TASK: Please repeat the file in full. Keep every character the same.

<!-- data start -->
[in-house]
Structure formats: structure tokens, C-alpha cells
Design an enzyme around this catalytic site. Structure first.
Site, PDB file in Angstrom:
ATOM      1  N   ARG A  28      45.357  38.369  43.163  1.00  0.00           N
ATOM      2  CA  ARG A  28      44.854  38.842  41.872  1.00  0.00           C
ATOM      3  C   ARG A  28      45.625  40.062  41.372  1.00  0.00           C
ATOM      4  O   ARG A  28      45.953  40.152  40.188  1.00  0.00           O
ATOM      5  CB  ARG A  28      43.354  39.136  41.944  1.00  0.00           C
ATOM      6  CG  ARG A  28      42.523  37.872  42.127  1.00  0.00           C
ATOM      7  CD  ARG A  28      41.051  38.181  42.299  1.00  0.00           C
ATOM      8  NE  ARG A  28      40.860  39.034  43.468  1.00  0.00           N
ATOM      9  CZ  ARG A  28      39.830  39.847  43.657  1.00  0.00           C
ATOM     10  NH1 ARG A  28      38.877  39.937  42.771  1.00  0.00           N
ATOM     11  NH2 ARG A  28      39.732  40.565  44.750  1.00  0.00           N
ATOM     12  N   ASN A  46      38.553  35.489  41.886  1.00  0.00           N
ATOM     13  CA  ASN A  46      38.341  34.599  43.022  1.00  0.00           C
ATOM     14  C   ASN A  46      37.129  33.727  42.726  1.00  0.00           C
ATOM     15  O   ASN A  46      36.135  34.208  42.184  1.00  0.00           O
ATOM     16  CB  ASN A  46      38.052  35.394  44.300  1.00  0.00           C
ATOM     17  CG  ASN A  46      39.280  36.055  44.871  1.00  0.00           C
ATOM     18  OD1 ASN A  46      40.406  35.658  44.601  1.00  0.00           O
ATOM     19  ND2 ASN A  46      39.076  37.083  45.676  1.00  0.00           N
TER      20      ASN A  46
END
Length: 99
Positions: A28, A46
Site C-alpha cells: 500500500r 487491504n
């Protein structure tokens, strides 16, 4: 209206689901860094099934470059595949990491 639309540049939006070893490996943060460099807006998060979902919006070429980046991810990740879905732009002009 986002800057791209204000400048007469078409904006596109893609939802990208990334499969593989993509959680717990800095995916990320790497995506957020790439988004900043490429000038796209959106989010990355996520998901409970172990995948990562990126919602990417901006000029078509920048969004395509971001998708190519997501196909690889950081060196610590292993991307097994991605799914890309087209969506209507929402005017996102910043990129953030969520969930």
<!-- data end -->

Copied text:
[in-house]
Structure formats: structure tokens, C-alpha cells
Design an enzyme around this catalytic site. Structure first.
Site, PDB file in Angstrom:
ATOM      1  N   ARG A  28      45.357  38.369  43.163  1.00  0.00           N
ATOM      2  CA  ARG A  28      44.854  38.842  41.872  1.00  0.00           C
ATOM      3  C   ARG A  28      45.625  40.062  41.372  1.00  0.00           C
ATOM      4  O   ARG A  28      45.953  40.152  40.188  1.00  0.00           O
ATOM      5  CB  ARG A  28      43.354  39.136  41.944  1.00  0.00           C
ATOM      6  CG  ARG A  28      42.523  37.872  42.127  1.00  0.00           C
ATOM      7  CD  ARG A  28      41.051  38.181  42.299  1.00  0.00           C
ATOM      8  NE  ARG A  28      40.860  39.034  43.468  1.00  0.00           N
ATOM      9  CZ  ARG A  28      39.830  39.847  43.657  1.00  0.00           C
ATOM     10  NH1 ARG A  28      38.877  39.937  42.771  1.00  0.00           N
ATOM     11  NH2 ARG A  28      39.732  40.565  44.750  1.00  0.00           N
ATOM     12  N   ASN A  46      38.553  35.489  41.886  1.00  0.00           N
ATOM     13  CA  ASN A  46      38.341  34.599  43.022  1.00  0.00           C
ATOM     14  C   ASN A  46      37.129  33.727  42.726  1.00  0.00           C
ATOM     15  O   ASN A  46      36.135  34.208  42.184  1.00  0.00           O
ATOM     16  CB  ASN A  46      38.052  35.394  44.300  1.00  0.00           C
ATOM     17  CG  ASN A  46      39.280  36.055  44.871  1.00  0.00           C
ATOM     18  OD1 ASN A  46      40.406  35.658  44.601  1.00  0.00           O
ATOM     19  ND2 ASN A  46      39.076  37.083  45.676  1.00  0.00           N
TER      20      ASN A  46
END
Length: 99
Positions: A28, A46
Site C-alpha cells: 500500500r 487491504n
């Protein structure tokens, strides 16, 4: 209206689901860094099934470059595949990491 639309540049939006070893490996943060460099807006998060979902919006070429980046991810990740879905732009002009 986002800057791209204000400048007469078409904006596109893609939802990208990334499969593989993509959680717990800095995916990320790497995506957020790439988004900043490429000038796209959106989010990355996520998901409970172990995948990562990126919602990417901006000029078509920048969004395509971001998708190519997501196909690889950081060196610590292993991307097994991605799914890309087209969506209507929402005017996102910043990129953030969520969930």